Personally witnessing the results of an RV crash in Vancouver, BC on Christmas Eve reminded us about the importance of driving safety and accident avoidance. As we were walking over toward the Sheraton Wall Center to check out the Christmas lights on display, a pickup truck towing a travel trailer plowed right through the front of the hotel, crashing into the concierge area. The truck ended up right inside the hotel lobby!
The accident is still under investigation, so we don’t yet know the cause of this particular crash. But we thought we’d take the opportunity to offer some of our best tips for avoiding RV crashes — specifically the factors that may have played some role in this particular RV crash.
NOTE: To view our first brand-new YouTube video in over a year, scroll down to the bottom of this article. We’ve included the actual CTV newscast, with our photos, video, and interview. It also includes a little about what we’ve been up to, and a teaser about our new RV. 😉
- 1) About the Vancouver Christmas Eve RV Crash
- 2) How to Avoid an RV Crash
- 3) Our First New YouTube Video in OVER A YEAR!
- 4) Free RVing Tips, Tricks, Reviews & Giveaways
About the Vancouver Christmas Eve RV Crash
Christmas Eve 2023 was a crisp evening in downtown Vancouver, BC, Canada. It was already dark, with the roads damp from occasional drizzle, which is, of course, common during the winter in Vancouver. There were large crowds of pedestrians out and about, including us, as we were out enjoying the lights that were up for the holidays all around the city.
These are certainly not circumstances under which we’d prefer to be driving an RV — wet roads at night in a major city full of traffic and pedestrians.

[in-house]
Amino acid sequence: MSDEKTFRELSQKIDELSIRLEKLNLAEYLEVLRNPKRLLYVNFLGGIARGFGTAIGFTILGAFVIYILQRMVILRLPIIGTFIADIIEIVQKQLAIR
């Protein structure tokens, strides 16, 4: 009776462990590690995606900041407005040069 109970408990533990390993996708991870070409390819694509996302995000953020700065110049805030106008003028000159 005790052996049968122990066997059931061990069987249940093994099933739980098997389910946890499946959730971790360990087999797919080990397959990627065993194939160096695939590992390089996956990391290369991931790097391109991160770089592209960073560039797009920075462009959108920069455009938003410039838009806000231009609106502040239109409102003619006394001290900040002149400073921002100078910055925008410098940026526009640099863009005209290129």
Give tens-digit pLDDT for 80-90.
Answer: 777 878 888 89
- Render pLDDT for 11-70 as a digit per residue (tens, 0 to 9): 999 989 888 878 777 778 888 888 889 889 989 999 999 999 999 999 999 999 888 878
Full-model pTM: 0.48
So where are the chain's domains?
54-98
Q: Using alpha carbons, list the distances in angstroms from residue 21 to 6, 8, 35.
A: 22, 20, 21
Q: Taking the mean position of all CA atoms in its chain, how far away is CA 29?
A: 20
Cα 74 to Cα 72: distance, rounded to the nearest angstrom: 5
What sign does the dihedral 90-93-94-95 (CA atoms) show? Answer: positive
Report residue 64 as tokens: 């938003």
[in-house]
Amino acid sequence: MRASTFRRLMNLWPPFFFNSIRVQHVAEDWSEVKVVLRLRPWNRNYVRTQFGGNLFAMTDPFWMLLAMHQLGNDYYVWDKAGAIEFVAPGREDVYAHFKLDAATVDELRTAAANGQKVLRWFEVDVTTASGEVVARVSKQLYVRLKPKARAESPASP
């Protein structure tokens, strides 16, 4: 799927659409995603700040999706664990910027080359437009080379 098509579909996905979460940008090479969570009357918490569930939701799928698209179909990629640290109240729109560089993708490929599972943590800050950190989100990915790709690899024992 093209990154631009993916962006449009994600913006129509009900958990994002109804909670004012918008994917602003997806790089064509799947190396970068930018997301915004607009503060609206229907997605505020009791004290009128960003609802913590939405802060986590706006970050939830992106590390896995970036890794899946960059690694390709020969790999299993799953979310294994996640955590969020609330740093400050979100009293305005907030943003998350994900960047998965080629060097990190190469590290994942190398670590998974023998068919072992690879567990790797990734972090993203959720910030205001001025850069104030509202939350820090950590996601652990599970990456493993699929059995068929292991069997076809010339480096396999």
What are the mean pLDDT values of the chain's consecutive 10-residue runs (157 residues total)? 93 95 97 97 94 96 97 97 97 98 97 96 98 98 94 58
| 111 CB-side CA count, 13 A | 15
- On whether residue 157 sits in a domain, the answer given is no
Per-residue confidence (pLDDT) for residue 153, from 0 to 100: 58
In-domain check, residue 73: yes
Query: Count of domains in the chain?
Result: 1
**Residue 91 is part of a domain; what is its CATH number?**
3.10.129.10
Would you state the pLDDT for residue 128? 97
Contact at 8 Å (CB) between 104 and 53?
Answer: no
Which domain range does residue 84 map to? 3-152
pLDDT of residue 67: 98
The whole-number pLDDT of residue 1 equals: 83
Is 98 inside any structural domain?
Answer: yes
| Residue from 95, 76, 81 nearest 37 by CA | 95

As we approached the hotel entrance on foot, we saw a travel trailer parked right in front of the building. It’s unusual to see any RV in the downtown area at any time, let alone on a wet night over a holiday weekend. So, it caught our attention and piqued our interest, and we walked toward it to check it out.
As we got closer, the pickup truck towing the travel trailer seemed to be nosed in very close to the building. A few steps closer and we realized that it wasn’t close to the building. The truck was inside the lobby, and there was shattered glass everywhere.
Our first thought was, “This is surreal, like something you see on TV.” The film industry is huge in Vancouver, so we thought they must be shooting a movie or TV show. We see film crews in the area from time to time, so it wasn’t a stretch to think that’s what was happening.
But this was no movie. Someone had actually plowed directly into the front of the building, smashing through the plate glass windows and bending the window frames directly into the area by the concierge desk. There was glass everywhere, including all over the hood of the truck.